If you are doing original research for your dissertation, you may need to have a dissertation questionnaire as a research instrument.
There are several types of questionnaire and you need to choose the method of data collection that is suitable for your study. One of the problems with questionnaires is that there are several methods of distributing them and there is no guarantee that respondents will return and fill in the questionnaire accurately.
If you send a questionnaire by mail or email, it is possible that it will simply be relegated to the waste paper bin or to ‘trash’. However, you may not have a lot of choice in how to distribute your questionnaires.
The best way of asking people questions is just that, in a face-to-face interview. That way you are sure that your questions will be answered. However, conducting interviews with a large number of respondents is time-consuming. If you interview your respondents, you will gather rich data and can ask follow-up questions immediately.
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The telephone questionnaire is a popular way of conducting research as the interviewer can complete the questionnaire in a fairly short period of time. The main problem is that people may not want to take part in the research and simply put the phone down. This method of data collection is also one of the most expensive. There are some people who don’t wish to answer questions over the phone and so the data collected may be erroneous.
Email questionnaires are cheap, but not a very efficient way of gathering data. It’s easy to ignore a survey sent by email.
It isn’t cheap to send mail questionnaires and they are an inefficient way of data collection. It’s easy to simply throw your carefully crafted questionnaire into the nearest waste paper bin.
In-house surveys or interviews take time to conduct, but this is the most efficient way of ensuring that you will get the data you need.
You can go out into the street and interview various people and this way you can be sure that you have the age range you need for your research. However, people don’t always want to be interviewed on the street. Many market researchers stand outside a hotel, for example and take people inside to be interviewed.
There’s little doubt that face-to-face interviews are the most useful way of gathering data. The researcher can ask immediate follow-up questions to tease out full answers without the need for a further interview which could be difficult to arrange.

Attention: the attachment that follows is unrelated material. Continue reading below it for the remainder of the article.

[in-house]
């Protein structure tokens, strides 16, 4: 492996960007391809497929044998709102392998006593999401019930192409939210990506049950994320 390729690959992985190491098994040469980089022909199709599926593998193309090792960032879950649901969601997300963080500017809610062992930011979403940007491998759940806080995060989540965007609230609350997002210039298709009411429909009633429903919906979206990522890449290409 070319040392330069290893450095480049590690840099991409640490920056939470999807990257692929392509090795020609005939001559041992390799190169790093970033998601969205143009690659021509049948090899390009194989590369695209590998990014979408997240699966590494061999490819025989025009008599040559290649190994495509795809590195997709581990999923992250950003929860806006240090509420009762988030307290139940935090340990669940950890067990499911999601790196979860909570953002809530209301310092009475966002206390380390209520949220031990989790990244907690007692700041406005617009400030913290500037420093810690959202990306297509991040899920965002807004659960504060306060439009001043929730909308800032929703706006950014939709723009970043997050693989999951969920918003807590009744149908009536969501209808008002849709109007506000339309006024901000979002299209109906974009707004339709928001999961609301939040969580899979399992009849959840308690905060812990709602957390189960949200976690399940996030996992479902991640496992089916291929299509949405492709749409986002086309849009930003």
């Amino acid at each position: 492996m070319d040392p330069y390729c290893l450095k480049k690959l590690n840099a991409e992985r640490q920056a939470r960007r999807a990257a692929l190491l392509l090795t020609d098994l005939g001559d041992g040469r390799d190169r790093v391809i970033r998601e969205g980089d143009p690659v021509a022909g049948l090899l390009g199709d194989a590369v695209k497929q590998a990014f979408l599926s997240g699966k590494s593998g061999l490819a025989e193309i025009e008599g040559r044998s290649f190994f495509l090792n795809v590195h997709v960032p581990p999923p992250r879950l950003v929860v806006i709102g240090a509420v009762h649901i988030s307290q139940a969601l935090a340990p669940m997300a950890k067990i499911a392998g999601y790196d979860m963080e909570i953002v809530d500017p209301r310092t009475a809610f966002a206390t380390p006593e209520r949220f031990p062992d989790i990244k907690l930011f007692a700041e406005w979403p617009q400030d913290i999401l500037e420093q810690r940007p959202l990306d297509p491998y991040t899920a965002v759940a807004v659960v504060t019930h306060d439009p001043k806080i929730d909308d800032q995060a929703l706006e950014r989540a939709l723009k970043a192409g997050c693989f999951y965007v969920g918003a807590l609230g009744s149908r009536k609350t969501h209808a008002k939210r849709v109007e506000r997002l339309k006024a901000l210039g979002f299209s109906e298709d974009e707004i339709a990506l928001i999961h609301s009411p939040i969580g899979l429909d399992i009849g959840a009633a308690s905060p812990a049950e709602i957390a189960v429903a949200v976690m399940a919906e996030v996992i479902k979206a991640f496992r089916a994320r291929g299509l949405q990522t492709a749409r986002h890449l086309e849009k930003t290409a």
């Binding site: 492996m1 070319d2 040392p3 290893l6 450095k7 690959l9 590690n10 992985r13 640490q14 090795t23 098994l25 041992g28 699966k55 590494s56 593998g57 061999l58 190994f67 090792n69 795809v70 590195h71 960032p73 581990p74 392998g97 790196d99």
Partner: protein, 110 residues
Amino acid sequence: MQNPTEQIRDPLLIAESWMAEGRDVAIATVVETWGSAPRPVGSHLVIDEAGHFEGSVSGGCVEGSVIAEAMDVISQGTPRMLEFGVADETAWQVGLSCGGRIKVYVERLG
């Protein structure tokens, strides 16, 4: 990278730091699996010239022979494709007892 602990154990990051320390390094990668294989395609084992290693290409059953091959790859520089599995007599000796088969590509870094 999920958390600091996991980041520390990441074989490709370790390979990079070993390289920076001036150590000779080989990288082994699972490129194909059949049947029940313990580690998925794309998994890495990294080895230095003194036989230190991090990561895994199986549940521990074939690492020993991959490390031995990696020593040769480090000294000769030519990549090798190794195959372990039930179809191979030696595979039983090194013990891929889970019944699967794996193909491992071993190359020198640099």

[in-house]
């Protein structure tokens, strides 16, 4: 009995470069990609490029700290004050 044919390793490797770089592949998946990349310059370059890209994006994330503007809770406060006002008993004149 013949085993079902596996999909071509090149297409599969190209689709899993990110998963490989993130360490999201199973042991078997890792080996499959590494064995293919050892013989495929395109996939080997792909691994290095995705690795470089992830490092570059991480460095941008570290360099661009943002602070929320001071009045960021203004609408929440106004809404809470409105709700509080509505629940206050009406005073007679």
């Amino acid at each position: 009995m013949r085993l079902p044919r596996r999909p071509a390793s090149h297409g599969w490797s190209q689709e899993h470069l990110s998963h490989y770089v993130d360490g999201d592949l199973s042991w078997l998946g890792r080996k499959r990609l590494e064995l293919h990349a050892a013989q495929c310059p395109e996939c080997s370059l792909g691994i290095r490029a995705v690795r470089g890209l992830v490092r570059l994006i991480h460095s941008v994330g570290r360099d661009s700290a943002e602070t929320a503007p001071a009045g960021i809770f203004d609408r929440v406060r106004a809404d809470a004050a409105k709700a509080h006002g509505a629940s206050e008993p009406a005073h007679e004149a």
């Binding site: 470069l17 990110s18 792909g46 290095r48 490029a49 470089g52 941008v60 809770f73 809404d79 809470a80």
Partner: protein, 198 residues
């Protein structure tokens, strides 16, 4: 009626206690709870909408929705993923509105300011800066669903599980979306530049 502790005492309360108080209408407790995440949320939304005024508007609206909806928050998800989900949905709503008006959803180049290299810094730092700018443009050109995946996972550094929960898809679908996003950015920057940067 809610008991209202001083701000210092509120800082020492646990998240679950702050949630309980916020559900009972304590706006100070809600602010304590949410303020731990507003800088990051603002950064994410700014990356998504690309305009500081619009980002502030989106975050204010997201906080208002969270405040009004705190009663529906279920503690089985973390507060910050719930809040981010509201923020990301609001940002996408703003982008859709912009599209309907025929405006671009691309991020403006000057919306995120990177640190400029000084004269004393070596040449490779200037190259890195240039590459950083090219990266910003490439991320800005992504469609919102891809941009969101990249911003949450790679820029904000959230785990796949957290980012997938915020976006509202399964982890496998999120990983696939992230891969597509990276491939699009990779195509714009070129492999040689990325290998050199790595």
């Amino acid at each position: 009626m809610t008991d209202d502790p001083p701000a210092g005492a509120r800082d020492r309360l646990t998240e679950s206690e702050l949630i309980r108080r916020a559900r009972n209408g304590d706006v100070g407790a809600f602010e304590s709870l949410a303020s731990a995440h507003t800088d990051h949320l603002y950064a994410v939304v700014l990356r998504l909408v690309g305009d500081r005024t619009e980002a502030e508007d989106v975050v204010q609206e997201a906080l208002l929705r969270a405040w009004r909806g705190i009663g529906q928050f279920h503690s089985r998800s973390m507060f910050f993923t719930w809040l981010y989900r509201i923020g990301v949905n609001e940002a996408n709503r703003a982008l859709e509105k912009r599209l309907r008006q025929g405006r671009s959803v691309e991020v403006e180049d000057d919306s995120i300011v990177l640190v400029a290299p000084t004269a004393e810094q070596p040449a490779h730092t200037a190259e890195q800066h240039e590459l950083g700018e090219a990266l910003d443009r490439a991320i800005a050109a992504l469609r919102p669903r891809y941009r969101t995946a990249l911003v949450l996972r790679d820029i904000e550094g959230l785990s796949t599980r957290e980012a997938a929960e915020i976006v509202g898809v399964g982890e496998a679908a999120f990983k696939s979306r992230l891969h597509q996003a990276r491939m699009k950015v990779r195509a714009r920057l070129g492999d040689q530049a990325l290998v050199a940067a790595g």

Researchers use a variety of different questions when conducting research which involves a questionnaire. The questions asked need to be carefully thought out beforehand and time has to be spent crafting them. The next stage should be to conduct a pilot study to check the efficacy of the questionnaire.
The following questions can feature in a questionnaire: -
The open-ended questions provide researchers with rich data but can prove difficult to code before the analysis begins. These questions are ideal for a qualitative study.
Multiple-choice questions aren’t very flexible. If an ‘other’ category is included, this might mean that the researcher hadn’t anticipated possible answers to questions and it could be that the respondents who answer ‘other’ actually mean the same thing, in which case another category should have been added.
Yes/no questions don’t provide the researcher with sufficient data for analysis. There’s no scope to ask ‘Why?’ However, they can be statistically useful.
The Likert scale, grading answers from 1 – 10 can prove useful, although again, the data gathered will not be very rich.
Putting ticks in appropriate boxes can be used in some surveys, although again, the data obtained will not be detailed or rich.
When you design a questionnaire, your research question(s) should be uppermost in your mind. Then you need to consider how best to administer the questionnaire, as discussed above. Will you use interviewers to gather your data or will the questionnaire be completed by the respondents?
If a questionnaire is self-administered there can be no interviewer bias sneaking into the interview, but then the interviewer can’t be on hand to explain the questions, which might be necessary.
Questions should be brief and easy to comprehend. they should ideally be less than 25 words long. Don’t overcomplicate the questions with sophisticated vocabulary which might confuse respondents. Make sure that your questions are not ambiguous. Ask a colleague or friend to answer your questions and to point out any ambiguity.
You should also be careful about the length of the questionnaire. If you ask 20 Likert-type questions, that would probably suffice. However, forty or more would be too many. You will need to find out how long your respondents will spend filling in the questionnaire. if the respondents become bored, then up won’t get the rich data you need for analysis.
Some questionnaires include open-ended questions, which are usually placed at the end of a questionnaire that began by eliciting quantitative data. You can mix such questions, but if you do, you will need to think carefully about how you will go about our analysis of the data. One problem with mixing qualitative and qualitative questions is that the questions asked for quantitative data in the opening section of the dissertation questionnaire could influence the answers to the qualitative or open-ended questions.
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